Flu vaccine does not carry miscarriage risks, experts say

According to several studies presented as the 49th annual meeting of the Infectious Disease Society of America's Pandemic Influenza Task Force, the flu vaccine does not raise the risk of miscarriage in pregnant women.

The studies also showed that the vaccine protects newborn infants for four months and that pregnant mothers are getting the message about both the flu shot's importance and its safety, Medical News Today reports.

"Pregnant women are understandably concerned about protecting their unborn babies, which makes it all the more important for them to understand that getting a flu shot during pregnancy is an important way to protect the baby, as well as themselves," Dr. Kathleen Neuzil, a member of the task force, said, according to Medical News Today. "These new data on the safety and effectiveness of these vaccines is reassuring, and the increasing number of pregnant women receiving the vaccine affirms that women are hearing the message about the vaccine's benefits."

Researchers from Wisconsin's Marshfield Clinic compared 243 pregnant women who had a miscarriage with 243 women who didn't and found no increased likelihood of having received a flu shot during the four weeks before the miscarriage compared to those who had no miscarriage. Thirty-eight women who had a miscarriage received the flu shots compared to 31 who had not miscarried, which is not a statistically significant difference.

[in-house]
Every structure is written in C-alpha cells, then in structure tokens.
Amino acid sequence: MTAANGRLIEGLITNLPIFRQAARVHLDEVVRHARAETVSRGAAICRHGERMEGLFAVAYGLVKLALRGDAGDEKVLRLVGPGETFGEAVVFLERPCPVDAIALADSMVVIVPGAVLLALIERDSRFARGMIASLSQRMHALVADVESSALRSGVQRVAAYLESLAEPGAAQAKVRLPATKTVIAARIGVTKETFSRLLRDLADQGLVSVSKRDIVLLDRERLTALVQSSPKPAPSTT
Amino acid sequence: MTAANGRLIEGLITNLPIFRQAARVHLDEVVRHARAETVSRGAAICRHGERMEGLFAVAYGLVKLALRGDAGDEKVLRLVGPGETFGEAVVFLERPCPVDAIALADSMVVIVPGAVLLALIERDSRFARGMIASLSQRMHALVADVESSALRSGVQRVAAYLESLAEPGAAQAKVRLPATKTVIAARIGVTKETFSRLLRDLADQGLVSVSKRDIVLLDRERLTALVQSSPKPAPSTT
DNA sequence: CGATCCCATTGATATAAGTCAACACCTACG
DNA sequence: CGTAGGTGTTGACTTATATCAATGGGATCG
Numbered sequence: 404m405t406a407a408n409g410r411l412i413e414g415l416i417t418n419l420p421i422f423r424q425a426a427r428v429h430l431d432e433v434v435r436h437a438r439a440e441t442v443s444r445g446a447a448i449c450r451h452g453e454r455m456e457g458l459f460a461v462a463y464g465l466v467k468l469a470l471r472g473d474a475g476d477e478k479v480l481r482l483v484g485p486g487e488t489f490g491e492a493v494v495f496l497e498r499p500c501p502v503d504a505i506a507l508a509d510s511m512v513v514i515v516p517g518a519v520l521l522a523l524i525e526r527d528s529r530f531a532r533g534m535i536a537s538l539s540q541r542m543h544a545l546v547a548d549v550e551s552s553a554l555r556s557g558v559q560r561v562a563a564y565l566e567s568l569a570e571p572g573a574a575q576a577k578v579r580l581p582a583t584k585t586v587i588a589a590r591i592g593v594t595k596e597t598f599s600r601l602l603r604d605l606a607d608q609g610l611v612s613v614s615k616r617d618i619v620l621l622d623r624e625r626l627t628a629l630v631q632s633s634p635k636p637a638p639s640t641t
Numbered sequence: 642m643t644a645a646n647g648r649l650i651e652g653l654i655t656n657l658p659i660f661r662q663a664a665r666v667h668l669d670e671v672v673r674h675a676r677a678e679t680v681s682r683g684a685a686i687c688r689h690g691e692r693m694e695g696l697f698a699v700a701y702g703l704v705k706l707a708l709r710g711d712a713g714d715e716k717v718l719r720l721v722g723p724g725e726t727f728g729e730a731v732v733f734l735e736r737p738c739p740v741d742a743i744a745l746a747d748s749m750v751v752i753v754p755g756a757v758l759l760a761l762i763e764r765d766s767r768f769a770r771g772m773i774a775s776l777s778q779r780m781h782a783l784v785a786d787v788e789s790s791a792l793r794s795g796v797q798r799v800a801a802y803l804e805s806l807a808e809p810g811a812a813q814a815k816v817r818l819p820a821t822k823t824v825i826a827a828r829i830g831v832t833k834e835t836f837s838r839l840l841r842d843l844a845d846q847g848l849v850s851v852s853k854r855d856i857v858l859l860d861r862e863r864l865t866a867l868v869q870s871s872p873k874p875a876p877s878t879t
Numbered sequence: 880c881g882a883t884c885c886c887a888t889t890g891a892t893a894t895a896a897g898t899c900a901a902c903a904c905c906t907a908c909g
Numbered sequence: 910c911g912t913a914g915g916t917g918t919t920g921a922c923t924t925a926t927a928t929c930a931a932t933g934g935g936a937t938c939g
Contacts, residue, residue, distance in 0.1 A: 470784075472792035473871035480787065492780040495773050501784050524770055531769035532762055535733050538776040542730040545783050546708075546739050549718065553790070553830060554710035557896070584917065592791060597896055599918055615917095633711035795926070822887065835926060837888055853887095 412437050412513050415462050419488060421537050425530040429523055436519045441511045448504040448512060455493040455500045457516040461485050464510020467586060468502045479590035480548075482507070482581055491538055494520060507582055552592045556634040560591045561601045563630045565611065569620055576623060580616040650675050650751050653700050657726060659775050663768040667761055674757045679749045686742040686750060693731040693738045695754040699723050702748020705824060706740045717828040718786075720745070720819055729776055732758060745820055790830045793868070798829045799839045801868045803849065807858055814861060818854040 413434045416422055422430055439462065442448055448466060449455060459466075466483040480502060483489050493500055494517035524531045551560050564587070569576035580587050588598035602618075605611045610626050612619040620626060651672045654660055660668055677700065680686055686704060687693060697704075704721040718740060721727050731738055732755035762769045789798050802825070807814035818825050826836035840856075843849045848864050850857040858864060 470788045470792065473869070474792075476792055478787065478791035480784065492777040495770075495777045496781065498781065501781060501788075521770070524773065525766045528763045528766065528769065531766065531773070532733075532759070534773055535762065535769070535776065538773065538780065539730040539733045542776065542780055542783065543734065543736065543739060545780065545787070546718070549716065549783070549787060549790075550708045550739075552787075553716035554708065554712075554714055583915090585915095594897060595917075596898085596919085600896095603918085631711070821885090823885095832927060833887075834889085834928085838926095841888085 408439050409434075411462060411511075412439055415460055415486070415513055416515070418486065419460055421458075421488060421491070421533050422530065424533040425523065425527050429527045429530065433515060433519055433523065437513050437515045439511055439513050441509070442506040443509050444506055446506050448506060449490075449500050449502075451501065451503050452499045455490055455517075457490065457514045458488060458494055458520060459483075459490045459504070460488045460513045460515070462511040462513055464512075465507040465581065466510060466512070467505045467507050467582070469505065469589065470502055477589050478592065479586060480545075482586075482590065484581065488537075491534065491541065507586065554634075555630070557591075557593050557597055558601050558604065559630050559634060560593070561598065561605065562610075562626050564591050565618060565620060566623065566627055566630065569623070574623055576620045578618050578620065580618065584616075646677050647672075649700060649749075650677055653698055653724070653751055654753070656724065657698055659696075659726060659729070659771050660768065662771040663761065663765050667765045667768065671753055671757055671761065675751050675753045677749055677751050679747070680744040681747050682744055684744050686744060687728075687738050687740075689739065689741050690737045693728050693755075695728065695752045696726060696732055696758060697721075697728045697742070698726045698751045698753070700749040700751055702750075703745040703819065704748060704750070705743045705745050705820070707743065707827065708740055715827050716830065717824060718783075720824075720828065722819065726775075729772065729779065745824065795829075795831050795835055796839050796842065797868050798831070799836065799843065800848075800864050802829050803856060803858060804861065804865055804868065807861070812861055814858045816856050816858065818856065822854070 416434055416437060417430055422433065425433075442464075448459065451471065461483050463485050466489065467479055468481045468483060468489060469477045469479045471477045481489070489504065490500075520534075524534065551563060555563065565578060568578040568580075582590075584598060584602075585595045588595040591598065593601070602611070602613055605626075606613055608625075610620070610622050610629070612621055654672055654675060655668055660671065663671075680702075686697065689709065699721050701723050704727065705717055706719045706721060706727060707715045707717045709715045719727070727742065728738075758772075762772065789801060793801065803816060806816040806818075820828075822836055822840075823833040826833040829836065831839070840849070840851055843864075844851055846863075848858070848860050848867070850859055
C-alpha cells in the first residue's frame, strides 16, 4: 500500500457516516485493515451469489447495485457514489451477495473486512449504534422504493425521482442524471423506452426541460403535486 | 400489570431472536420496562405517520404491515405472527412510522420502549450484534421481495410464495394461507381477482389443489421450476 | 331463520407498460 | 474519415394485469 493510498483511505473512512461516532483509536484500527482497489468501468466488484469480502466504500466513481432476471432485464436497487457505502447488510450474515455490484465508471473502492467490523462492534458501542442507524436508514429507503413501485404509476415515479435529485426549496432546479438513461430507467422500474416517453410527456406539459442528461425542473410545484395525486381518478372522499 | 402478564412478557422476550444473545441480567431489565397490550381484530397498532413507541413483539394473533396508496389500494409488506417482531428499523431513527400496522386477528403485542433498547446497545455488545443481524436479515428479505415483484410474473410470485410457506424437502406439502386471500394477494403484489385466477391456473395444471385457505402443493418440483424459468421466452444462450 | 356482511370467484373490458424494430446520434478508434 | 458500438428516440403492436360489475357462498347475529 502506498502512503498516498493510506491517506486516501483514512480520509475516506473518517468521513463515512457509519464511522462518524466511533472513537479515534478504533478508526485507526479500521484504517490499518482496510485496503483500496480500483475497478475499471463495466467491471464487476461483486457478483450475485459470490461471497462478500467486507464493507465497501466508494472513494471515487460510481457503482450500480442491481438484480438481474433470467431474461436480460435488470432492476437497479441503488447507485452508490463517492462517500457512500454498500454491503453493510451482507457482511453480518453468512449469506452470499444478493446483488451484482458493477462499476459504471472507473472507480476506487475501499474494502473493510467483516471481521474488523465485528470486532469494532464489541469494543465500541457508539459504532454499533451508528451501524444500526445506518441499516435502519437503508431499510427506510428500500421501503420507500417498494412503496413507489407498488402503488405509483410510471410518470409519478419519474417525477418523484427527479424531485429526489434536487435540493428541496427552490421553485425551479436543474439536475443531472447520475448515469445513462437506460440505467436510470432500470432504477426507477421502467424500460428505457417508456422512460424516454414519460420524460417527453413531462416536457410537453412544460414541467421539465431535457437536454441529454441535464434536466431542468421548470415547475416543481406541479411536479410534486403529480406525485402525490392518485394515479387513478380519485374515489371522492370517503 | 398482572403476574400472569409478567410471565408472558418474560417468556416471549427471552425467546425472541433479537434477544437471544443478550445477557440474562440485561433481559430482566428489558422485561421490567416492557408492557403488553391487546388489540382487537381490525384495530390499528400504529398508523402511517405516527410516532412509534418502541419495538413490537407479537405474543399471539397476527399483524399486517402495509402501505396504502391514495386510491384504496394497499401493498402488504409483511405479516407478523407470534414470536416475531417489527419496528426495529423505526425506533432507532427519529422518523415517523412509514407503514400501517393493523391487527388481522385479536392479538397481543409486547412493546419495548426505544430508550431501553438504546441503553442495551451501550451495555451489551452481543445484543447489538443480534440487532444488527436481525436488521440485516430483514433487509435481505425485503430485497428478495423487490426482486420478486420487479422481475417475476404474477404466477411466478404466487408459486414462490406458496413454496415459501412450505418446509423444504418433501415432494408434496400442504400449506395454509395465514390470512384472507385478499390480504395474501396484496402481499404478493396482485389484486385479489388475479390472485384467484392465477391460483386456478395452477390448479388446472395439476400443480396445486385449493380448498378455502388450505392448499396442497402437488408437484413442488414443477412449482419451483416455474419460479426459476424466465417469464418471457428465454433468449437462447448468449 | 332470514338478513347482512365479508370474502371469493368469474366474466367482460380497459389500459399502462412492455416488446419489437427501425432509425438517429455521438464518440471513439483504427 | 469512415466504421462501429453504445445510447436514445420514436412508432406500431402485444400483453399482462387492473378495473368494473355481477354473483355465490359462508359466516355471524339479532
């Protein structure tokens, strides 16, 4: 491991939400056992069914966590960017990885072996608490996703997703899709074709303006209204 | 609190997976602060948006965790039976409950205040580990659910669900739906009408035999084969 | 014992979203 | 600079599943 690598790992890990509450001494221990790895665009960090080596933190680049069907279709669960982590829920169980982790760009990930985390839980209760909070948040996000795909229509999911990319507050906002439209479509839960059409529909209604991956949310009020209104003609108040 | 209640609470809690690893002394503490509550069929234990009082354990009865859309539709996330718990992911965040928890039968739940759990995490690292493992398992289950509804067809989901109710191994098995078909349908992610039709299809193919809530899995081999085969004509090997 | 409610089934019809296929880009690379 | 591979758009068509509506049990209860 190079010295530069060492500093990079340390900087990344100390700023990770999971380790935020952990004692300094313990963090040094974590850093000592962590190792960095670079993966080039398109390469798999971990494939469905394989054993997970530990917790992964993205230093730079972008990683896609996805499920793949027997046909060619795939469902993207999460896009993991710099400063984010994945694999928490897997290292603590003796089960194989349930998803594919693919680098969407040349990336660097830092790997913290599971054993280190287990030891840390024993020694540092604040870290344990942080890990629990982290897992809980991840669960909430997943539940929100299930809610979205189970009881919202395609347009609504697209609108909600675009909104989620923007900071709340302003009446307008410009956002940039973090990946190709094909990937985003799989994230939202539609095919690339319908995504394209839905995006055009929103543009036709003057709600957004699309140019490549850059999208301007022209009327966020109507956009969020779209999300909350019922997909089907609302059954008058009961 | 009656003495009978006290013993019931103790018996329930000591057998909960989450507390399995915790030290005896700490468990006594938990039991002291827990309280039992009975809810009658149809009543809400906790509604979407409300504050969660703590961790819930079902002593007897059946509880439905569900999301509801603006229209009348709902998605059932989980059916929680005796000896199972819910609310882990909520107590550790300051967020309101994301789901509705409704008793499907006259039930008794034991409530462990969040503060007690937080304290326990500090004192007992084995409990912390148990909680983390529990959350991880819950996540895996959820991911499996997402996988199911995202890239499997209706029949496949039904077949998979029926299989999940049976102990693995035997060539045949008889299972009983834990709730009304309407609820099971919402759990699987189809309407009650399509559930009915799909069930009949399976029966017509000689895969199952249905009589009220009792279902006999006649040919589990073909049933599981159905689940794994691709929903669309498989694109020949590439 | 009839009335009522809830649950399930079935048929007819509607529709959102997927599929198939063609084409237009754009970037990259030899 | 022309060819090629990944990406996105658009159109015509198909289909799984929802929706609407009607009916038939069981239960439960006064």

A study at the University of Utah showed that a mother who is vaccinated against the flu passes on the antibodies caused by the vaccine to her baby, who is protected for up to four months after being born. The study is important because a newborn cannot be vaccinated for at least six months and can experience a higher risk of complications if infected with influenza.

"Our research suggests that maternal vaccination does provide some protection from the flu for a few months after birth," Julie H. Shakib, the lead author of the study, said, according to Medical News Today. "Pregnant women should receive the vaccine as soon as it becomes available to protect themselves as well as their babies."

A study carried out at Christiana Care Health System in Newark, Del., found that pregnant mothers seem to be getting the message about the benefits and safety of the flu vaccine. The study, which involved 300 pregnant women, found that before 2009, less than 15 percent got vaccinated, compared to 55 percent after 2010.

"Pregnant women are one of the groups identified as a priority for receiving the influenza vaccine, but historically have been the least likely among those groups to get the vaccine," Nuezil said, according to Medical News Today. "It's good to learn the message of the importance of vaccination is getting through to pregnant women, and this research should provide even more comfort."